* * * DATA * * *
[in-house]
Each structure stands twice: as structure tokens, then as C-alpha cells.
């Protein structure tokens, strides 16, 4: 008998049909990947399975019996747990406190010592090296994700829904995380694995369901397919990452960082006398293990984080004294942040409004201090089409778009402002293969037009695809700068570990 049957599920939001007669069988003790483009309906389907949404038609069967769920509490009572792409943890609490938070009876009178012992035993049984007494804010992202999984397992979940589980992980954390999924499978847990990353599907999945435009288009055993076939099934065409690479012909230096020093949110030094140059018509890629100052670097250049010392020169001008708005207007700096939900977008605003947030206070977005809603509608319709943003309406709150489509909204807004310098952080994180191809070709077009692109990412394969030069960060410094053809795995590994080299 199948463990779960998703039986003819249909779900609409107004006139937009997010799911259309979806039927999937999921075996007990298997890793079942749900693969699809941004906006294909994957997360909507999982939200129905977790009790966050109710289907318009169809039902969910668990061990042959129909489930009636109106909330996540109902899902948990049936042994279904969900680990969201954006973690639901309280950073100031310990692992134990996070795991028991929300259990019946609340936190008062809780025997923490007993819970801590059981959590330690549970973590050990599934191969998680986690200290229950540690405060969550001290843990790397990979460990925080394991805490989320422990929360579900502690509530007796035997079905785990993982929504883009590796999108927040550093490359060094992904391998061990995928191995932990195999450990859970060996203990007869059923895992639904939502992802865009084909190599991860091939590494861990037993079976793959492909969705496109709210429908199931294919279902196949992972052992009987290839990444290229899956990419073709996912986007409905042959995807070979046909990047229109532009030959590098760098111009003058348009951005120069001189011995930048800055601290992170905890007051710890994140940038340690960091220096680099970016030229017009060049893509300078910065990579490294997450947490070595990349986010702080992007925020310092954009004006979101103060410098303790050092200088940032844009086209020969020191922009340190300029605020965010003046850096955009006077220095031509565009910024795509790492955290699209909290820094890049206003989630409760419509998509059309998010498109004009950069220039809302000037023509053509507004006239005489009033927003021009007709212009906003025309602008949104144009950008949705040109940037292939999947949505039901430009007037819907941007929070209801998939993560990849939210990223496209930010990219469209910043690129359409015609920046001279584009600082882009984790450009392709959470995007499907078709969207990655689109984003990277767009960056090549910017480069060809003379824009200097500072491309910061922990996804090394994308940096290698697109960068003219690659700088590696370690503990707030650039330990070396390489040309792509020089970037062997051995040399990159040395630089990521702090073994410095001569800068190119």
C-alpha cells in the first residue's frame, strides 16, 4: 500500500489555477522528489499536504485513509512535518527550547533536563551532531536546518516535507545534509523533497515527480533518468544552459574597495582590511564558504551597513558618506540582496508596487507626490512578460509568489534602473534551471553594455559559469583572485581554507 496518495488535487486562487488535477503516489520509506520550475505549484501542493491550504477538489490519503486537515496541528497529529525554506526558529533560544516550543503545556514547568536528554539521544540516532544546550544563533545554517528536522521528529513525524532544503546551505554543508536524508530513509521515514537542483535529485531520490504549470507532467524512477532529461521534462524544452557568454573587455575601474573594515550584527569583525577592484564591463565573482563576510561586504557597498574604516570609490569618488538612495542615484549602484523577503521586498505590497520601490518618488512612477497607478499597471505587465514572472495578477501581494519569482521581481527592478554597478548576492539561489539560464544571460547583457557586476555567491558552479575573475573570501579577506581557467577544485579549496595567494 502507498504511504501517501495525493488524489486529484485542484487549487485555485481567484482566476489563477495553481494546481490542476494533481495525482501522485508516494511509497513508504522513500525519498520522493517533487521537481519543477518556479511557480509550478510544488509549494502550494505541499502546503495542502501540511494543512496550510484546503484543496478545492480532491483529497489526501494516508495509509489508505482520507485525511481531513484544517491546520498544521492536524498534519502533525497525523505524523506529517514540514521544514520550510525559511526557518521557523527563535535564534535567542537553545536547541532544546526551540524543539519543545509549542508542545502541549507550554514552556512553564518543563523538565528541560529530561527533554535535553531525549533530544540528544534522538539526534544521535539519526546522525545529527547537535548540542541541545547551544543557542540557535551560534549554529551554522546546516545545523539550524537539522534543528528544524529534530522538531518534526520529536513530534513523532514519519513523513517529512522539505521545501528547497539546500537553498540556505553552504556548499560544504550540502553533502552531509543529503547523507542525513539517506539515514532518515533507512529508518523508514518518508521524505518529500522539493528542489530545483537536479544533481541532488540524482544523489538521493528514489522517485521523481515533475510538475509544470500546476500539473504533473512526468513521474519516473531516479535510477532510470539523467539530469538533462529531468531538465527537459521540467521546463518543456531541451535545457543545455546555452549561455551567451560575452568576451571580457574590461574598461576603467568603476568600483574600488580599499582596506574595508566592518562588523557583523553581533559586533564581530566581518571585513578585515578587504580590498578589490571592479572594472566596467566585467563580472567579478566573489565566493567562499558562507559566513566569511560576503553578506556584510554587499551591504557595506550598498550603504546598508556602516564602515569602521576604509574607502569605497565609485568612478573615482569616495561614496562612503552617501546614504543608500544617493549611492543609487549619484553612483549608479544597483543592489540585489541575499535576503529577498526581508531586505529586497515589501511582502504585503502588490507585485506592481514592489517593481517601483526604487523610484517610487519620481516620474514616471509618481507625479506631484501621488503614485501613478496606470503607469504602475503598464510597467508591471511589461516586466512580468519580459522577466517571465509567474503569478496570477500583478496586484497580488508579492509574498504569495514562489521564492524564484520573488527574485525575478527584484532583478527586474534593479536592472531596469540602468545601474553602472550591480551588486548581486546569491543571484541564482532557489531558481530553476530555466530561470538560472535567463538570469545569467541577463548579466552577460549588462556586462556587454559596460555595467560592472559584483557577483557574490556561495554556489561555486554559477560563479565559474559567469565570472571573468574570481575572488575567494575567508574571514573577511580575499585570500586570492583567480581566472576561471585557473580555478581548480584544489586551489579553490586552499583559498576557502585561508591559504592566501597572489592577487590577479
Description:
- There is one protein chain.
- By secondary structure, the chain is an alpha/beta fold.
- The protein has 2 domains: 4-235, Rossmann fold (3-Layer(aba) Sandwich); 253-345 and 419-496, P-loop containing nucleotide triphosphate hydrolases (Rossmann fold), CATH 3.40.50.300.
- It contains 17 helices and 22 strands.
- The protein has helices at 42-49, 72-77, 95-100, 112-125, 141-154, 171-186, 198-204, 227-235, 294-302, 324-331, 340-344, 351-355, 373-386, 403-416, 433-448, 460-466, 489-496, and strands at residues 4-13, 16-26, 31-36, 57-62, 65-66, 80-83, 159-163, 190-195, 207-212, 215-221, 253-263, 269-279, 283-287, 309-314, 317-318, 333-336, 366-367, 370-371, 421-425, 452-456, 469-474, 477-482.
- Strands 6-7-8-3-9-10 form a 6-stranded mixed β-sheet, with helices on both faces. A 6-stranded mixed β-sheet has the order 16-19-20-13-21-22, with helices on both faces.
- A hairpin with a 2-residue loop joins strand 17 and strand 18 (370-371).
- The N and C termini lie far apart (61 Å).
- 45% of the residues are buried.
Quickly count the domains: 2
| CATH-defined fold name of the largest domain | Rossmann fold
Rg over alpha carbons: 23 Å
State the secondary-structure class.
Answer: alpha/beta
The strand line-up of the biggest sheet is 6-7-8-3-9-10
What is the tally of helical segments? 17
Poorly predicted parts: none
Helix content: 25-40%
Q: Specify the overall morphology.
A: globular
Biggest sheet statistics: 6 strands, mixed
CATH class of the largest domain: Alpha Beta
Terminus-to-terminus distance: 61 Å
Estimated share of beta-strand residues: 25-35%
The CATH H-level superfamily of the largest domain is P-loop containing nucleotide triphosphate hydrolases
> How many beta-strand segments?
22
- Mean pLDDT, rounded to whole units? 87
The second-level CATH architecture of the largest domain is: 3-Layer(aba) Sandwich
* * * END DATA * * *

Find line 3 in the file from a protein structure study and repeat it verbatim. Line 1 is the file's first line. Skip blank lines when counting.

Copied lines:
């Protein structure tokens, strides 16, 4: 008998049909990947399975019996747990406190010592090296994700829904995380694995369901397919990452960082006398293990984080004294942040409004201090089409778009402002293969037009695809700068570990 049957599920939001007669069988003790483009309906389907949404038609069967769920509490009572792409943890609490938070009876009178012992035993049984007494804010992202999984397992979940589980992980954390999924499978847990990353599907999945435009288009055993076939099934065409690479012909230096020093949110030094140059018509890629100052670097250049010392020169001008708005207007700096939900977008605003947030206070977005809603509608319709943003309406709150489509909204807004310098952080994180191809070709077009692109990412394969030069960060410094053809795995590994080299 199948463990779960998703039986003819249909779900609409107004006139937009997010799911259309979806039927999937999921075996007990298997890793079942749900693969699809941004906006294909994957997360909507999982939200129905977790009790966050109710289907318009169809039902969910668990061990042959129909489930009636109106909330996540109902899902948990049936042994279904969900680990969201954006973690639901309280950073100031310990692992134990996070795991028991929300259990019946609340936190008062809780025997923490007993819970801590059981959590330690549970973590050990599934191969998680986690200290229950540690405060969550001290843990790397990979460990925080394991805490989320422990929360579900502690509530007796035997079905785990993982929504883009590796999108927040550093490359060094992904391998061990995928191995932990195999450990859970060996203990007869059923895992639904939502992802865009084909190599991860091939590494861990037993079976793959492909969705496109709210429908199931294919279902196949992972052992009987290839990444290229899956990419073709996912986007409905042959995807070979046909990047229109532009030959590098760098111009003058348009951005120069001189011995930048800055601290992170905890007051710890994140940038340690960091220096680099970016030229017009060049893509300078910065990579490294997450947490070595990349986010702080992007925020310092954009004006979101103060410098303790050092200088940032844009086209020969020191922009340190300029605020965010003046850096955009006077220095031509565009910024795509790492955290699209909290820094890049206003989630409760419509998509059309998010498109004009950069220039809302000037023509053509507004006239005489009033927003021009007709212009906003025309602008949104144009950008949705040109940037292939999947949505039901430009007037819907941007929070209801998939993560990849939210990223496209930010990219469209910043690129359409015609920046001279584009600082882009984790450009392709959470995007499907078709969207990655689109984003990277767009960056090549910017480069060809003379824009200097500072491309910061922990996804090394994308940096290698697109960068003219690659700088590696370690503990707030650039330990070396390489040309792509020089970037062997051995040399990159040395630089990521702090073994410095001569800068190119």